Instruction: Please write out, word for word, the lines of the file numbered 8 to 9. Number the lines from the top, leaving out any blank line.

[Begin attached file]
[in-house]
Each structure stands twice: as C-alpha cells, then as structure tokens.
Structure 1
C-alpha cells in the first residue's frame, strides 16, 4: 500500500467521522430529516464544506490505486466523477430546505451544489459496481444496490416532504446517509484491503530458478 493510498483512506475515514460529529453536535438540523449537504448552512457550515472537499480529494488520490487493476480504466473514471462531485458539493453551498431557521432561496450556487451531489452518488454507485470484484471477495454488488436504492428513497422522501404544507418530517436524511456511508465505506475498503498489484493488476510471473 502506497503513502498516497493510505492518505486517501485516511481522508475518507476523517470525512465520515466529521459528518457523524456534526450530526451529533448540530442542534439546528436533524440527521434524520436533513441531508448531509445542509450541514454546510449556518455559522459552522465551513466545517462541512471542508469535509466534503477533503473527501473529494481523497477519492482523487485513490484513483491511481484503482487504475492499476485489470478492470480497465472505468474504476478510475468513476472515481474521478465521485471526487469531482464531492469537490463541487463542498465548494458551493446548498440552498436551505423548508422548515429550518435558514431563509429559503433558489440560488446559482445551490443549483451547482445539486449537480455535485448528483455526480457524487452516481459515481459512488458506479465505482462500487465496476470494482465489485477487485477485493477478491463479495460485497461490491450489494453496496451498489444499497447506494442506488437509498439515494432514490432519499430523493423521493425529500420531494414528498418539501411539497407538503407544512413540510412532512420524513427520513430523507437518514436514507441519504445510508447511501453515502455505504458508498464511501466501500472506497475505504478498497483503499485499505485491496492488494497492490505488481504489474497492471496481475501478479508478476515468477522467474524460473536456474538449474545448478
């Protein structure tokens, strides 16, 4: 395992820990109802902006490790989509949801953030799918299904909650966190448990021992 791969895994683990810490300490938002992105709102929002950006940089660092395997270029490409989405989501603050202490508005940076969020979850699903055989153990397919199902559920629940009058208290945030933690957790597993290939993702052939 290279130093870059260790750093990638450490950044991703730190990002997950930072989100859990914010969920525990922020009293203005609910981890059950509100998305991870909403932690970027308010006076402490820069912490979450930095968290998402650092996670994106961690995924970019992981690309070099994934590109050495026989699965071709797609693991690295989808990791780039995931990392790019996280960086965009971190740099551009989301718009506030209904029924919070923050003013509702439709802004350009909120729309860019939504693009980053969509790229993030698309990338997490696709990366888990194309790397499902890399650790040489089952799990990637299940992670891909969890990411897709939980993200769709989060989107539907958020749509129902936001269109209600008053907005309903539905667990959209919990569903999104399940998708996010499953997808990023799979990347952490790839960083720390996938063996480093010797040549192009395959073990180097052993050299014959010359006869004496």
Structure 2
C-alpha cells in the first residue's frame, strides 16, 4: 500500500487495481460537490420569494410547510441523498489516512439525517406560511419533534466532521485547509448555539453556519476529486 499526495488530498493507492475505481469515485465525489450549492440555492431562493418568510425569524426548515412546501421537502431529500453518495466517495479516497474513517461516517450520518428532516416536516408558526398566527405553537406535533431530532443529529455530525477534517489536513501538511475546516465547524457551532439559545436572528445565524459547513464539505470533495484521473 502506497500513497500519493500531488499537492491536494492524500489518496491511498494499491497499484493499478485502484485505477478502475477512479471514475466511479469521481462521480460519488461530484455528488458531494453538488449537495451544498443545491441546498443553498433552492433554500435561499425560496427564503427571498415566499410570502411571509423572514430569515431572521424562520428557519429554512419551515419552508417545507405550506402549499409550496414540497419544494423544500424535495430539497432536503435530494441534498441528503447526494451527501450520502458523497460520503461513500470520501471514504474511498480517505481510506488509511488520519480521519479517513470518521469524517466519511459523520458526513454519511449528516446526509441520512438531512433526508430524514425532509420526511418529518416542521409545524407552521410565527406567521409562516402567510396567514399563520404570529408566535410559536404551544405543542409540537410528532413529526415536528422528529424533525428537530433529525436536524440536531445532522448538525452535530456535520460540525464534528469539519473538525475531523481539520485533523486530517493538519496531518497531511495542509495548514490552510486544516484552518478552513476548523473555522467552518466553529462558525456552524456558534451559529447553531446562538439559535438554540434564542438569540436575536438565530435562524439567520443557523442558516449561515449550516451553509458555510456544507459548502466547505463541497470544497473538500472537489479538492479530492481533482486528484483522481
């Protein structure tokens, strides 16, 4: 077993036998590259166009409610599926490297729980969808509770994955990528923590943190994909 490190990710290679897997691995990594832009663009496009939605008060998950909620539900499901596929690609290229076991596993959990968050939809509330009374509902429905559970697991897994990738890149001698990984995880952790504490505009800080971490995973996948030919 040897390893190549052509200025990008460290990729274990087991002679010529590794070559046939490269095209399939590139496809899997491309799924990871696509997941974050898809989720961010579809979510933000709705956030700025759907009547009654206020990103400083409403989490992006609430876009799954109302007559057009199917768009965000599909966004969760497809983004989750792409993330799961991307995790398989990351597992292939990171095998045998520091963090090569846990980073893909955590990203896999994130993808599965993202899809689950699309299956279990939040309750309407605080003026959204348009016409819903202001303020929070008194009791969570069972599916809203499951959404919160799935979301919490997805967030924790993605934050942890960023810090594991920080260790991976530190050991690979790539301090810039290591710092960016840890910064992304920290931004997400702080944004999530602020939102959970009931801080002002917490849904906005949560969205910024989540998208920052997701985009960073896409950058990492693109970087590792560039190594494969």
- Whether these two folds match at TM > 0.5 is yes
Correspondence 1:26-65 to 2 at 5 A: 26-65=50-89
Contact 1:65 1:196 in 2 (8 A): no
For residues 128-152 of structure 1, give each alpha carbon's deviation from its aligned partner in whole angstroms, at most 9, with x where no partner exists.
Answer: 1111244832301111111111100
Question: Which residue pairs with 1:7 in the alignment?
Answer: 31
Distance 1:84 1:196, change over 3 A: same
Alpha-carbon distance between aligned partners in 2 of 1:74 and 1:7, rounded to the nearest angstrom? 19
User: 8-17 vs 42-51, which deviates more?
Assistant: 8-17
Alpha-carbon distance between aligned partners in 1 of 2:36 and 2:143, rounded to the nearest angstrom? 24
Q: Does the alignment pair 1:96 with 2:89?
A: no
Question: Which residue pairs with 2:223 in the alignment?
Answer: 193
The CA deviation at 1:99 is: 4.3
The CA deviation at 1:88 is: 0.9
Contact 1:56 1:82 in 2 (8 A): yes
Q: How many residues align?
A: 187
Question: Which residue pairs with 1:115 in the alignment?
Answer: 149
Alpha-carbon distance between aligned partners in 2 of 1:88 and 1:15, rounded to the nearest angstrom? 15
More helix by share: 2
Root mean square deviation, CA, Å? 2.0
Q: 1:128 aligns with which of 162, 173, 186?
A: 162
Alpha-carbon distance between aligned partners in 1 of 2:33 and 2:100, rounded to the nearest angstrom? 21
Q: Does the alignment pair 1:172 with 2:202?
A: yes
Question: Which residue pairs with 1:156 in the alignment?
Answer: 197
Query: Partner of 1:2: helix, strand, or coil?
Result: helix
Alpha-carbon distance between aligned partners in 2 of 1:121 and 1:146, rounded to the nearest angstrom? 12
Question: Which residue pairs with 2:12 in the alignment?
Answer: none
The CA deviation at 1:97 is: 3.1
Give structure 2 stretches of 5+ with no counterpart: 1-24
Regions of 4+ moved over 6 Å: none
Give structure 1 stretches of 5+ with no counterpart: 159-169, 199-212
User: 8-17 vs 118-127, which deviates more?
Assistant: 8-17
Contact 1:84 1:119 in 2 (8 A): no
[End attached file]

């Protein structure tokens, strides 16, 4: 077993036998590259166009409610599926490297729980969808509770994955990528923590943190994909 490190990710290679897997691995990594832009663009496009939605008060998950909620539900499901596929690609290229076991596993959990968050939809509330009374509902429905559970697991897994990738890149001698990984995880952790504490505009800080971490995973996948030919 040897390893190549052509200025990008460290990729274990087991002679010529590794070559046939490269095209399939590139496809899997491309799924990871696509997941974050898809989720961010579809979510933000709705956030700025759907009547009654206020990103400083409403989490992006609430876009799954109302007559057009199917768009965000599909966004969760497809983004989750792409993330799961991307995790398989990351597992292939990171095998045998520091963090090569846990980073893909955590990203896999994130993808599965993202899809689950699309299956279990939040309750309407605080003026959204348009016409819903202001303020929070008194009791969570069972599916809203499951959404919160799935979301919490997805967030924790993605934050942890960023810090594991920080260790991976530190050991690979790539301090810039290591710092960016840890910064992304920290931004997400702080944004999530602020939102959970009931801080002002917490849904906005949560969205910024989540998208920052997701985009960073896409950058990492693109970087590792560039190594494969």
- Whether these two folds match at TM > 0.5 is yes